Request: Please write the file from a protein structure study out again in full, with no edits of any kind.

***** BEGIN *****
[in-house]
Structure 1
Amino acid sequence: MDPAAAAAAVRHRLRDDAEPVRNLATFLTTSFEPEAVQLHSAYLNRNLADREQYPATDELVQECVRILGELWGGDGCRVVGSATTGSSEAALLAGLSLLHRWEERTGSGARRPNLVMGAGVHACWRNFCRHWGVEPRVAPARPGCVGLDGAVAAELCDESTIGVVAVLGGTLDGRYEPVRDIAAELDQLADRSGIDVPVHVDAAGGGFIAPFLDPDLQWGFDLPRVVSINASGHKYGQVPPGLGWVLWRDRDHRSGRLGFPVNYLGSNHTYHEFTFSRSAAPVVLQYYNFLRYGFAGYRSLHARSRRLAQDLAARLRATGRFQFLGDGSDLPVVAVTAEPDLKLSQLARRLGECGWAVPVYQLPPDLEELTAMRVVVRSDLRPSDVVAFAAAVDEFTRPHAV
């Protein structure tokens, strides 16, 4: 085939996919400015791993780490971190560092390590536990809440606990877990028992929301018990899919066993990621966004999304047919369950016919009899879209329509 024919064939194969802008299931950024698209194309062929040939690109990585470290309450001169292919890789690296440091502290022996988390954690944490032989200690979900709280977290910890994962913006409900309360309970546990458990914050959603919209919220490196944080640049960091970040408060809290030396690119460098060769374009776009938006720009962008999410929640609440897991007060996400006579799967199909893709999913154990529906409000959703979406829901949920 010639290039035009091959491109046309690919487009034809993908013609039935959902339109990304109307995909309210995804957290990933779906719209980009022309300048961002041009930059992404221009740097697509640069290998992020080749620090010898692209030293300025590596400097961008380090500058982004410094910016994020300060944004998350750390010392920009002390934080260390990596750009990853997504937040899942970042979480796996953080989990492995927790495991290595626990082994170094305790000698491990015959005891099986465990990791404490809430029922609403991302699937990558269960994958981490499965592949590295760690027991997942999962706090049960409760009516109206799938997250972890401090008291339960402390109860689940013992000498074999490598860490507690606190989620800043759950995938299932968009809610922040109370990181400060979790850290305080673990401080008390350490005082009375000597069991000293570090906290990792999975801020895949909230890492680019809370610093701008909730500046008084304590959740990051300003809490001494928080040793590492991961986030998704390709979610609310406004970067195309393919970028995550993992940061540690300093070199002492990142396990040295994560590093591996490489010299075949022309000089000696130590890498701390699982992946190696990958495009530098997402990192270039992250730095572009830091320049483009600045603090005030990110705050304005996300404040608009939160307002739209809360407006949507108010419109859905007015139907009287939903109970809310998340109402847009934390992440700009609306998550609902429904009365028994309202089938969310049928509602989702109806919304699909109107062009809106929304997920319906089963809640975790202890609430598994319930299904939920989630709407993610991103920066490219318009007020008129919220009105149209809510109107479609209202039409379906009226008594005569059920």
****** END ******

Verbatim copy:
[in-house]
Structure 1
Amino acid sequence: MDPAAAAAAVRHRLRDDAEPVRNLATFLTTSFEPEAVQLHSAYLNRNLADREQYPATDELVQECVRILGELWGGDGCRVVGSATTGSSEAALLAGLSLLHRWEERTGSGARRPNLVMGAGVHACWRNFCRHWGVEPRVAPARPGCVGLDGAVAAELCDESTIGVVAVLGGTLDGRYEPVRDIAAELDQLADRSGIDVPVHVDAAGGGFIAPFLDPDLQWGFDLPRVVSINASGHKYGQVPPGLGWVLWRDRDHRSGRLGFPVNYLGSNHTYHEFTFSRSAAPVVLQYYNFLRYGFAGYRSLHARSRRLAQDLAARLRATGRFQFLGDGSDLPVVAVTAEPDLKLSQLARRLGECGWAVPVYQLPPDLEELTAMRVVVRSDLRPSDVVAFAAAVDEFTRPHAV
């Protein structure tokens, strides 16, 4: 085939996919400015791993780490971190560092390590536990809440606990877990028992929301018990899919066993990621966004999304047919369950016919009899879209329509 024919064939194969802008299931950024698209194309062929040939690109990585470290309450001169292919890789690296440091502290022996988390954690944490032989200690979900709280977290910890994962913006409900309360309970546990458990914050959603919209919220490196944080640049960091970040408060809290030396690119460098060769374009776009938006720009962008999410929640609440897991007060996400006579799967199909893709999913154990529906409000959703979406829901949920 010639290039035009091959491109046309690919487009034809993908013609039935959902339109990304109307995909309210995804957290990933779906719209980009022309300048961002041009930059992404221009740097697509640069290998992020080749620090010898692209030293300025590596400097961008380090500058982004410094910016994020300060944004998350750390010392920009002390934080260390990596750009990853997504937040899942970042979480796996953080989990492995927790495991290595626990082994170094305790000698491990015959005891099986465990990791404490809430029922609403991302699937990558269960994958981490499965592949590295760690027991997942999962706090049960409760009516109206799938997250972890401090008291339960402390109860689940013992000498074999490598860490507690606190989620800043759950995938299932968009809610922040109370990181400060979790850290305080673990401080008390350490005082009375000597069991000293570090906290990792999975801020895949909230890492680019809370610093701008909730500046008084304590959740990051300003809490001494928080040793590492991961986030998704390709979610609310406004970067195309393919970028995550993992940061540690300093070199002492990142396990040295994560590093591996490489010299075949022309000089000696130590890498701390699982992946190696990958495009530098997402990192270039992250730095572009830091320049483009600045603090005030990110705050304005996300404040608009939160307002739209809360407006949507108010419109859905007015139907009287939903109970809310998340109402847009934390992440700009609306998550609902429904009365028994309202089938969310049928509602989702109806919304699909109107062009809106929304997920319906089963809640975790202890609430598994319930299904939920989630709407993610991103920066490219318009007020008129919220009105149209809510109107479609209202039409379906009226008594005569059920």